A lessee is required to capitalize a lease if ANY of the following conditions are met:
- Lease ownership is transferred to the lessee at the end of the lease term.
- There is a bargain purchase option in the lease contract where the lessee may buy the asset at or below fair market value at the end of the lease.
- The present value of the lessee’s minimum payments, over the life of the lease, equal 90% or more of the asset’s fair market value.
- The lease’s term is equal to 75% or more of the useful economic life of the asset.
Operating Lease Accounting for the Lessee
The annual rental expense appears on the lessee’s income statement and there is no balance sheet asset and liability associated with the lease.
- An operating lease affects the lessee’s balance sheet only in an indirect matter. The rental expense lowers net income, which in turn lowers the company’s retained earnings in the equity section of the balance sheet.
- Rental payments on an operating lease are treated as part of operating cash flows.
Capital Lease Accounting for the Lessee
If one of the above four conditions is met in the US, the lessee is required to account for the transaction as if it were a long-lived asset purchased on credit.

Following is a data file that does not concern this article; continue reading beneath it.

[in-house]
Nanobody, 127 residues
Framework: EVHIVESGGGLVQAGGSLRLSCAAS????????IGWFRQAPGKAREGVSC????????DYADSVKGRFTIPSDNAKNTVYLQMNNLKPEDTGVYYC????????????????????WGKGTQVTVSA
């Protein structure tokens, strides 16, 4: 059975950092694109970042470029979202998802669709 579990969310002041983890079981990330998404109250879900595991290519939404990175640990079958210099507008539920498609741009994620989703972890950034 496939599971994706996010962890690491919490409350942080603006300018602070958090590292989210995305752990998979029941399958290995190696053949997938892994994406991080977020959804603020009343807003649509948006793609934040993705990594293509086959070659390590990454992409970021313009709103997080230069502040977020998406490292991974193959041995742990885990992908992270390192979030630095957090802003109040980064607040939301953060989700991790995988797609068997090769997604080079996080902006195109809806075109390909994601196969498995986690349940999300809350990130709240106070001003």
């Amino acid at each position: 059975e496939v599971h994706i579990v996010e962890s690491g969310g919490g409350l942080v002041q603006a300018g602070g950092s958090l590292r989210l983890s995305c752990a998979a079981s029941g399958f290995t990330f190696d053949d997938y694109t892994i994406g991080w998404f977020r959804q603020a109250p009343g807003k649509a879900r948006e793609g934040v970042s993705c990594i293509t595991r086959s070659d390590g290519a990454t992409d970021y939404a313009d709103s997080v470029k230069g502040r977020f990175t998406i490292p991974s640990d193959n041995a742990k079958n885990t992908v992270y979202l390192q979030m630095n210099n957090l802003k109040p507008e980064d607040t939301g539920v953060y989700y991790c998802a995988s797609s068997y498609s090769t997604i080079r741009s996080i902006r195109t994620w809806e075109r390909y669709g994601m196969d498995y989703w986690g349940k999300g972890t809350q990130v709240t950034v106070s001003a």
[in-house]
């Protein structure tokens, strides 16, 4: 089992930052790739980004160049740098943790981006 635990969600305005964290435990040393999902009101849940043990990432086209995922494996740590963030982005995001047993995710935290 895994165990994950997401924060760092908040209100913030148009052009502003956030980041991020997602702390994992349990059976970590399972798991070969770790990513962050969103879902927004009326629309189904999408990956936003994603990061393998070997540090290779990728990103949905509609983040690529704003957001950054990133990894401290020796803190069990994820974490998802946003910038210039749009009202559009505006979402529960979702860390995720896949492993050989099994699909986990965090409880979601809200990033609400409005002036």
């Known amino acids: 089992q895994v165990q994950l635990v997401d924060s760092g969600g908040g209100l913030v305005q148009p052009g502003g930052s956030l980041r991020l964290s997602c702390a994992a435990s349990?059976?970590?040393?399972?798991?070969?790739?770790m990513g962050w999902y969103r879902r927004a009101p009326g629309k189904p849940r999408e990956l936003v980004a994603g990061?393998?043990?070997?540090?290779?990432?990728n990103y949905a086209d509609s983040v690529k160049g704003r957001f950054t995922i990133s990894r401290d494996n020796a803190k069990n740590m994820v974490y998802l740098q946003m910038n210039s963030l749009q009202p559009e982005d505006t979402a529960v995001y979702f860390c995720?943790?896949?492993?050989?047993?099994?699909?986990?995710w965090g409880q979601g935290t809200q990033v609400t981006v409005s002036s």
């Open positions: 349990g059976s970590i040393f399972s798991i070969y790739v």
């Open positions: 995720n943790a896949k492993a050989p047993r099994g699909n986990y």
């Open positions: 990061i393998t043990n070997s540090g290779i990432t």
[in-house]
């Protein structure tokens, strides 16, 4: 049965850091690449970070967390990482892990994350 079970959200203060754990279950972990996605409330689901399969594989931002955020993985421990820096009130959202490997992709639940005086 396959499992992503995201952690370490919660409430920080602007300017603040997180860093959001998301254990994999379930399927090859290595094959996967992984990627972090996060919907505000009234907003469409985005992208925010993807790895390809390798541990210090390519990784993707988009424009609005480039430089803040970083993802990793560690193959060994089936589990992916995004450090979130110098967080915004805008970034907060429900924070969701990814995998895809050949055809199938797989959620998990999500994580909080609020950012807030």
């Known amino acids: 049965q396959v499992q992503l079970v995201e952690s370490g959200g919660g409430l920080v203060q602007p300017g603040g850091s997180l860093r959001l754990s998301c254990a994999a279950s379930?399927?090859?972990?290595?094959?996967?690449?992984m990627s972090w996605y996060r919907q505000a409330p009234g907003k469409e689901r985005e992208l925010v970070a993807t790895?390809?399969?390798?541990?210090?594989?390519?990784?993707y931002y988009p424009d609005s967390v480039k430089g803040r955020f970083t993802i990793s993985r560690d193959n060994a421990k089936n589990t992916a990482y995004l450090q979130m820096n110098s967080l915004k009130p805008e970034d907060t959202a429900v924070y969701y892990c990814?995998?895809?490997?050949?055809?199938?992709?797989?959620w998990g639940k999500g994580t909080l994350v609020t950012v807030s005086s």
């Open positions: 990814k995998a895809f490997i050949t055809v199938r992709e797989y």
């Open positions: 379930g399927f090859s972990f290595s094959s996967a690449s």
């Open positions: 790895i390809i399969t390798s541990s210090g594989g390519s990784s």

- The lessee’s capital lease creates journal entries for interest expense, lease repayment (which decreases the lease obligation on the balance sheet over time), and depreciation.
- Typically, a capital lease will front load expenses associated with the asset, which causes the lessee’s net income to rise over time.
- At a capital lease’s expiration, the lessee’s balance sheet will be no different than the balance sheet where the lease was classified as operating, but in the time between lease initiation and expiration, the capital lease creates a balance sheet asset and liability.
- Under a capital lease, the interest expense attributed to the lease payment is an operating cash flow, but the principal repayment of the lease obligation is a financing cash outflow.
- The capital lease payment to be made within one year is separated as a short-term liability and the remaining lease balance is classified as a long-term liability on the balance sheet.
U.S. and international accounting standards may require some form of financial statement footnote disclosure regarding the company’s lease accounting practices.
A common financial statement adjustment made by analysts is to capitalize operating leases presented in the footnotes, creating a balance sheet asset and liability equal to the future payments required by the operating leases.